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US urged to eliminate dioxins

by Danielle Knight


Washington, Sep. 2 (IPS) -- Eighteen years ago David Prince had no thoughts of leaving his home in Louisiana to travel to the UN's European headquarters to lend his voice to demands for the phasing-out of toxic chemicals worldwide.

But that was before government officials discovered that the blood levels of Prince and other residents of the mainly African American area of Mossville, Louisiana, were contaminated with a pollutant called dioxin - two to three times higher than the national average.

He and others now want the worldwide elimination of these chemicals that have the ability to travel thousands of miles. "We want chemical plants to stop producing these toxins and we want them to stop it immediately," Prince says.

He told reporters here that his wife has cancer and his daughter has endometriosis, a reproductive disease some researchers believe may be linked to exposure to dioxins.

Next week Prince will join the environmental group Greenpeace at the United Nations in Geneva, Switzerland where about 100 nations will resume formal negotiations on a treaty to control a group of toxic chemicals known as Persistent Organic Pollutants (POPs), which include dioxins.

Along with other POP chemicals like DDT and PCBs, dioxins break down extremely slowly in the environment and are linked to reproductive abnormalities, neurological defects and cancer. Unlike the pesticide DDT, dioxins have not been produced intentionally: they are generated as wastes and by-products when municipal and hazardous waste is burned or in the manufacture of chemicals containing chlorine, such as pesticides, PVC (vinyl) plastics, and paper products.

The pollutants can affect other communities that need not be similar to those in Mossville - who live close to paper mills and vinyl plants that produce dioxins, scientists warn.

Like other POPs, dioxins are labelled "persistent" because they travel worldwide and accumulate in the fatty tissue of animals and humans.

Dioxin-contaminated food made headlines recently in Europe but non-governmental organisations (NGOs) say the US position on the POPs treaty in relation to dioxin has been substantially weakened by pressure from the chemical industry.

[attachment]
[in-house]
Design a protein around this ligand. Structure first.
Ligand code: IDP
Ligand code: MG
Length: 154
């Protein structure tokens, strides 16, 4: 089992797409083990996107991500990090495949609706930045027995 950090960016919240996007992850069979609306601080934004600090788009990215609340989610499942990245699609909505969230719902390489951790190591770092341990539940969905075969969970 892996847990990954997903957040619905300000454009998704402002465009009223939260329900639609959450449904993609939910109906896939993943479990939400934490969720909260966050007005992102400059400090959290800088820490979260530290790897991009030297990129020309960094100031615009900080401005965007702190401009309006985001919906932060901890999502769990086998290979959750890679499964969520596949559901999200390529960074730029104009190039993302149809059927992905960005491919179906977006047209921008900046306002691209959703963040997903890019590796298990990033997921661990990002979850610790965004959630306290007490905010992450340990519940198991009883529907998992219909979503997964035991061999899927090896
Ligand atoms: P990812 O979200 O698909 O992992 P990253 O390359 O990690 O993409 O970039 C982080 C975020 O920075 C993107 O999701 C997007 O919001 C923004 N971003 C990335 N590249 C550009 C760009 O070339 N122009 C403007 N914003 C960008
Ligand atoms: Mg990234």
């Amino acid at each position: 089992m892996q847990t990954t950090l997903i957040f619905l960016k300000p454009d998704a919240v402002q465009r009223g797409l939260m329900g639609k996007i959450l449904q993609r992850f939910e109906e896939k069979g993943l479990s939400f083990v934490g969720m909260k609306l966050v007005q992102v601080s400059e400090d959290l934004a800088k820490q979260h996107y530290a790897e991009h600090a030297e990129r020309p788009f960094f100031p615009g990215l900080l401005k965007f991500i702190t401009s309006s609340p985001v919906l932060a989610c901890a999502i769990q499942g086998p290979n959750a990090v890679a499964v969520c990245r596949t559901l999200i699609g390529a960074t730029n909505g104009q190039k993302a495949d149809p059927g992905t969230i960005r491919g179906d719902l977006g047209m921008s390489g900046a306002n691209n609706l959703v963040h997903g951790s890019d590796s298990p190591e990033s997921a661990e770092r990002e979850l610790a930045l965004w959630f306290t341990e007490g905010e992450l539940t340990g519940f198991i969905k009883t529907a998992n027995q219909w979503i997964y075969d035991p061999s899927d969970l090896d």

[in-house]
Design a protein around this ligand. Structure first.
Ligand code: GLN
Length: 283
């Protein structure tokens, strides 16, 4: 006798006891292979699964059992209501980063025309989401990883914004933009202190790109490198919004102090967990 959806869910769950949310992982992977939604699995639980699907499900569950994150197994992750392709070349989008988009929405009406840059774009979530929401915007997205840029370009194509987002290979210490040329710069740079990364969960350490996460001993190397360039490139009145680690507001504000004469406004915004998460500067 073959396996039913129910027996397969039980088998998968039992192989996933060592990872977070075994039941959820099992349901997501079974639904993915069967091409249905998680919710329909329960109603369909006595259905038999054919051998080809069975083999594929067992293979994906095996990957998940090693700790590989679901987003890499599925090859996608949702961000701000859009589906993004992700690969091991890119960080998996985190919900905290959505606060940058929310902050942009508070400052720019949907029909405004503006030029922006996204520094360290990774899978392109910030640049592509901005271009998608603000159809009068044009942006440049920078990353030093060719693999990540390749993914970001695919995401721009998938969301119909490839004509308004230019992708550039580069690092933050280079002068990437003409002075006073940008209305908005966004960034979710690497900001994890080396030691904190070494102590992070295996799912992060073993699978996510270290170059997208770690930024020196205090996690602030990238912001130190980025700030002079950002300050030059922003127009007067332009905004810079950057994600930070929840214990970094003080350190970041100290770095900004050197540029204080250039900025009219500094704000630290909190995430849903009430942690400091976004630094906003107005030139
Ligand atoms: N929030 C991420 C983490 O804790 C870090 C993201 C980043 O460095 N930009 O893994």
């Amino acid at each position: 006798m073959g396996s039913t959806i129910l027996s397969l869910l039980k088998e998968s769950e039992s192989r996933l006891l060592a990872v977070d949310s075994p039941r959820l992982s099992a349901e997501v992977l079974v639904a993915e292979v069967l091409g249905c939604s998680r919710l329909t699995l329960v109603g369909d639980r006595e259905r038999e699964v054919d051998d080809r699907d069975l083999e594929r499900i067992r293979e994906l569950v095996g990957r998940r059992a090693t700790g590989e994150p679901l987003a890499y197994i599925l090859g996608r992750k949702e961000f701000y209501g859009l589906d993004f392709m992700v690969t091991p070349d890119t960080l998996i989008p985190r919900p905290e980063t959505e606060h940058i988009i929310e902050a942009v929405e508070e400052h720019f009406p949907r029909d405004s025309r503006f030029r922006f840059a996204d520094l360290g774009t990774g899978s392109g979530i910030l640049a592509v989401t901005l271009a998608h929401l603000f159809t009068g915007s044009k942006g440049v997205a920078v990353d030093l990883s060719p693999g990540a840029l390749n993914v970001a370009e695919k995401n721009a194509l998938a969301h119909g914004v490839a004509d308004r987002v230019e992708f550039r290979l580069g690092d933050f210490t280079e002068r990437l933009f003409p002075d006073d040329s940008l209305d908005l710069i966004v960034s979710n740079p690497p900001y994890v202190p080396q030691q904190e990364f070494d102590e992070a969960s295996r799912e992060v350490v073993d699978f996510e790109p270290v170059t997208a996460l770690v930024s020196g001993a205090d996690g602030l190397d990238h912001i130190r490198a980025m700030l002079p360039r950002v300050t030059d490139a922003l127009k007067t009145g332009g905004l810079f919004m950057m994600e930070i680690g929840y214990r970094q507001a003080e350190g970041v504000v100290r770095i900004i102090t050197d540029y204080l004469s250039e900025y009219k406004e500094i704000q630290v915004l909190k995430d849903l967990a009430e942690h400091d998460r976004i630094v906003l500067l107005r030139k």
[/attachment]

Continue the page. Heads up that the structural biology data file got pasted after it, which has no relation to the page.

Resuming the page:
Environmental groups are worried that the US State Department, which has not formally released its official stance on dioxins at the Geneva negotiations, will not support any tough action to eliminate the substances.

"The key to solving the problem of dioxin contamination should be reduction with the aim to eliminate the substances from use and production," says Jack Weinberg, a Greenpeace specialist on POPs.

He says that without calling for outright elimination, the chemical companies will be able to still produce dioxins through "loopholes" and the lack of capacity for enforcement of dioxin reduction programmes in developing nations.

"There is great pressure by chemical manufacturers to push these materials and technologies like PVC plastics in developing countries," says Weinberg, who founded the International POPs Eliminations Network (IPEN), a coalition of NGOs.

As promoted by the United States, the proposed Geneva treaty will not provide the framework and tools for developing countries to avoid dioxin contamination by enforcing the reduction of the chemicals, he says. "Many developing countries do not have the infrastructure to do this," Weinberg adds.

According to the World Health Organisation (WHO) subtle health effects already may be occurring in the general population in industrialised nations at current background levels of dioxin in the environment.

Many indigenous communities in North America that have been heavily contaminated by dioxins are closely watching the talks in Geneva.

"Because dioxins build up in the food chain only working towards the aim of total elimination of these chemicals will have an impact," says Jackie Warledo of the Indigenous Environmental Network.

Warledo says that, while dioxins and other POP chemicals can migrate anywhere in the world, they have a disproportionate impact on indigenous communities - especially tribes that still maintain subsistence culture.

"High levels of dioxin poisoning have been found in fish populations in the traditional territories of the Yakama located in the Northwest, in Penobscots in the state of Maine and also among many tribes within the Great Lakes water basin region and villages in Alaska," says Warledo, who will travel to Geneva next week.

Low-income Black communities, like Mossville and other populations along the Mississippi River in between Baton Rouge and New Orleans, dubbed "cancer alley" by environmental activists - have also borne the brunt of dioxin pollution.

More than 50 paper and PVC plants and other factories are located around Mossville, says Peter Orris, a US physician who directs a project on POPs at the Washington-based World Federation of Public Health Associations.

"There is no question that there is a problem of dioxin contamination in Mossville," says Orris who worked with the US Agency for Toxic Substances and Disease Registry on the health study conducted in the town.

As the study found high levels of dioxins and in the blood of long-time residents of Mossville it advised public health officials to take action to minimize further exposure. The final word comes from David Prince: "The US government needs to stop its rhetoric and start listening to the people and get these plants to stop producing dioxins."

The above article by the Inter Press Service appeared in the South- North Development Monitor (SUNS) .

 


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